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Purcell, Henry Henry Purcell
United Kingdom United Kingdom
(1659 - 1695)
345 sheet music
286 MP3
114 MIDI

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Flute Sheet music Flute and Harp Henry Purcell
Purcell, Henry: "Charon the Peaceful Shade Invites" for Flutes & Harp

"Charon the Peaceful Shade Invites" for Flutes & Harp
Z. 627 Part 12 No. 6b
Henry Purcell

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Composer :Henry PurcellHenry Purcell (1659 - 1695)
Instrumentation :

Flute and Harp

  1 other version
Style :


Arranger :
Publisher :
Henry PurcellMagatagan, Mike (1960 - )
Date :1690
Copyright :Public Domain
As England's greatest composer of the Baroque, Henry Purcell was dubbed the "Orpheus Britannicus" for his ability to combine pungent English counterpoint with expressive, flexible, and dramatic word settings. While he did write instrumental music, including the important viol fantasias, the vast majority of his output was in the vocal/choral realm. His only opera, Dido and Aeneas, divulged his sheer mastery in the handling of the work's vast expressive canvas, which included lively dance numbers, passionate arias and rollicking choruses. Purcell also wrote much incidental music for stage productions, including that for Dryden's King Arthur. His church music includes many anthems, devotional songs, and other sacred works, but few items for Anglican services.

There were popular myths surrounding the life of Roman Emporer Diocletian (AD 284-305), and this opera is about two of those. The first concerns the prophecy leading up to Diocletian becoming Emperor. The second myth surrounded his abdication. The story of Diocletian was first turned into a play by Beaumont and Fletcher in 1622. It was revived several times until Thomas Betterton, impresario of the United Company, got hold of it and decided to turn it into a semi-opera in 1690. He altered the play and added operatic elements: elaborate machinery, costumes, effects, and staging. M. Priest supplied the dances, and H. Purcell the music.

Dioclesian was a major turning point in Henry Purcell's musical career. As a semi-opera, it was very well received by the British public. It was the first semi-opera to be published in full score, in 1691. Today it provides a good resource for his theater and his music. He included in the score an oboe quartet, which is at times used to double the violins and at times stands alone. It includes a tenor oboe, a very rare instrument, and a bass line written for the bass violin.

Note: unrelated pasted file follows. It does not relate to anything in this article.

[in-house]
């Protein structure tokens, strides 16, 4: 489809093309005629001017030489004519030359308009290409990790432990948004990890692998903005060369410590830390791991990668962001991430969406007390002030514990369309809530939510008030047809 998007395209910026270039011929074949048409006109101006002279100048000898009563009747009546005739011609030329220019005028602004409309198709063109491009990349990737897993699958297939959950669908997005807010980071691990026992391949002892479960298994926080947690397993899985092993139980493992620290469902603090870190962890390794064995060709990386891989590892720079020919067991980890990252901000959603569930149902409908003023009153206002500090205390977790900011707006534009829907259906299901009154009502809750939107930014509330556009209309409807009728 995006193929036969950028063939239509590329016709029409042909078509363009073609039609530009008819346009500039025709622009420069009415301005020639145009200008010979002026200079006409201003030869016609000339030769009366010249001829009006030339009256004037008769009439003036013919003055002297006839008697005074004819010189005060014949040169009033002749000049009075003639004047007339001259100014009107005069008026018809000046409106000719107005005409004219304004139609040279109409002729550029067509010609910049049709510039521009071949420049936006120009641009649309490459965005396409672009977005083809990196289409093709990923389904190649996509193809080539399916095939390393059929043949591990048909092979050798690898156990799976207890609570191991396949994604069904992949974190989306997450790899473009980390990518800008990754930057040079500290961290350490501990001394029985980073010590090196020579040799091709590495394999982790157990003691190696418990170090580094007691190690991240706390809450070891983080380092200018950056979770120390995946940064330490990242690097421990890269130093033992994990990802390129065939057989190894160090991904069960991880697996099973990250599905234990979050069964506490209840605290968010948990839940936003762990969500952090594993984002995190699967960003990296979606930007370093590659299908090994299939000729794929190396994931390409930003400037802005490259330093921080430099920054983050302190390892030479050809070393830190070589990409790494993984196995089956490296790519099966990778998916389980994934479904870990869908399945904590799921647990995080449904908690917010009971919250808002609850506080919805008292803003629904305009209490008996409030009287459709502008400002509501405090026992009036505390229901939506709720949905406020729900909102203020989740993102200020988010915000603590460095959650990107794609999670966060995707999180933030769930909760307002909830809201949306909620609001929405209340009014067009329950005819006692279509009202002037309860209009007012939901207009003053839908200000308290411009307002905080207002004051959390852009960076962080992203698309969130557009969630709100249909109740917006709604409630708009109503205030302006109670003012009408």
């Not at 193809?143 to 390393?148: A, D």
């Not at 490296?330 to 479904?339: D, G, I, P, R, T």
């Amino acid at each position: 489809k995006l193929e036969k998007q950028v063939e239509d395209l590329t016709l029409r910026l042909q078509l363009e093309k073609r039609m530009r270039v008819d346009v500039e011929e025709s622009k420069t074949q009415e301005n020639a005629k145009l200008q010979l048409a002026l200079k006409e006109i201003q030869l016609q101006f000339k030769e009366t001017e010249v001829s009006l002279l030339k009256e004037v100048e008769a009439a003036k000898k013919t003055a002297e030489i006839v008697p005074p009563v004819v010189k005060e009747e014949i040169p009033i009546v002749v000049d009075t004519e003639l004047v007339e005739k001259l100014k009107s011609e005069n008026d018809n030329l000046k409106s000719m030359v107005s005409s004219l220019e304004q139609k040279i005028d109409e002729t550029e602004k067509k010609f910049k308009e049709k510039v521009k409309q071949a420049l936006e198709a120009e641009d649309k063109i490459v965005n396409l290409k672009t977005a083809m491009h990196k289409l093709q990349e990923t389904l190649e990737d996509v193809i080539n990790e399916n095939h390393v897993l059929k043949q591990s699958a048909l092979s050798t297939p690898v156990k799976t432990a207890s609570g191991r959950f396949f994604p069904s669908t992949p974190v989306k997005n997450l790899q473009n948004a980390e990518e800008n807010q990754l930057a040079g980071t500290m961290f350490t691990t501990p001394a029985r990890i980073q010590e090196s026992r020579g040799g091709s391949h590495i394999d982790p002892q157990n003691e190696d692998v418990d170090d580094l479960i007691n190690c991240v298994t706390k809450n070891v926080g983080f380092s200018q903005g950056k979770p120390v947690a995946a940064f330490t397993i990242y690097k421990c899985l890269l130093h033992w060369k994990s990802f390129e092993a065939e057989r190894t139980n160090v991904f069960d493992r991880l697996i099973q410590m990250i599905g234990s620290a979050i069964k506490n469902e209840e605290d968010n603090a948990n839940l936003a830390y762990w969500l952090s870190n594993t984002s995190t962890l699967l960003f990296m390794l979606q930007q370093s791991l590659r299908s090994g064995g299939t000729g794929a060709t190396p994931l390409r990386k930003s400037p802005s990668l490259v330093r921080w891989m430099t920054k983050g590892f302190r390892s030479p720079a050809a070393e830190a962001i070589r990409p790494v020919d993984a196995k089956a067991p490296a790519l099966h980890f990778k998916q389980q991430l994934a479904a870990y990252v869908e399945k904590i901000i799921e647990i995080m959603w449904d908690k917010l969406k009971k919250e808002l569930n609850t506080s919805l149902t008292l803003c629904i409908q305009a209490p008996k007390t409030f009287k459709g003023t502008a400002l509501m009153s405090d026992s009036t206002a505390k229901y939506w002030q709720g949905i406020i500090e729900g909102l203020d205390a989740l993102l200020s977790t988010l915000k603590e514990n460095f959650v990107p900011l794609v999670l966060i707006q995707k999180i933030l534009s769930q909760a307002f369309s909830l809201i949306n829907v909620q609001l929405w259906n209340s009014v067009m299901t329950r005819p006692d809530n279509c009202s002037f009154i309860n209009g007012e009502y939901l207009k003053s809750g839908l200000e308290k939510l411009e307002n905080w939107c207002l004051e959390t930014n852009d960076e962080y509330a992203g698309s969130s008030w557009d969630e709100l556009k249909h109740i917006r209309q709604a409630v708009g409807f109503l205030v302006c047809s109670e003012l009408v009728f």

The opera has two main musical episodes. The first act is an extended triumphal scene full of original and clever dances, instrumental pieces, choruses, solos, and duets. They vary in texture and form and are loosely connected. Purcell opens with a prelude and a bass solo. "Great Diocles the boar has killed" introduces the celebration. Then Purcell's large scale organization carries the listener through a victory celebration, a coronation scene, and a betrothal. In many of these pieces Purcell uses one rhythmic figure throughout. The variety is supplied through thematic variation, canonic entrances, and imitation. "Since the toils and hazards" features a tenor solo and chorus, followed by a symphony for two flutes and continuo. It's full of suspensions, imitative figures, and an extensive four-bar melisma on the word joy.

The second major musical episode is in Act Five, which consists of the "Masque of the Triumph of Love." It is often removed and performed alone. As a symphony is playing, three elaborate machines set the stage for the palatial scene. Many of the songs are about the pains and pleasures of love, pastoral contentment, and the delights of wine. There is a prelude for violins and oboes and Cupid begins the masque with "Call the Nymphs," a solo for Cupid and chorus. Purcell's writing in this masque is filled with invention and vitality. The variety of solos, choruses, duets, and dances is exciting, and the action doesn't cease from the beginning of the masque until its culmination in the choral number "Triumph victorious love." Full of trumpets and oboes again, it is a grand and spacious chaconne, in which the entire chorus breaks into dance.

"Charon the peaceful shade invites" (Second song, by a woman) is from Part 12 No. 6b (Page 21) recanting a tale from Greek mythology "Charon", the ferryman of Hades who carries souls of the newly deceased across the rivers Styx and Acheron that divided the world of the living from the world of the dead.

Although originally written for Voice (SAT) and Continuo, I created this arrangement for Flute Trio and Concert (Pedal) Harp.
Source / Web :Musescore
Sheet central :Dioclesian (6 sheet music)
Added by magataganm the 2013-05-03

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This sheet music is part of the collection of magataganm :
Flute Arrangements
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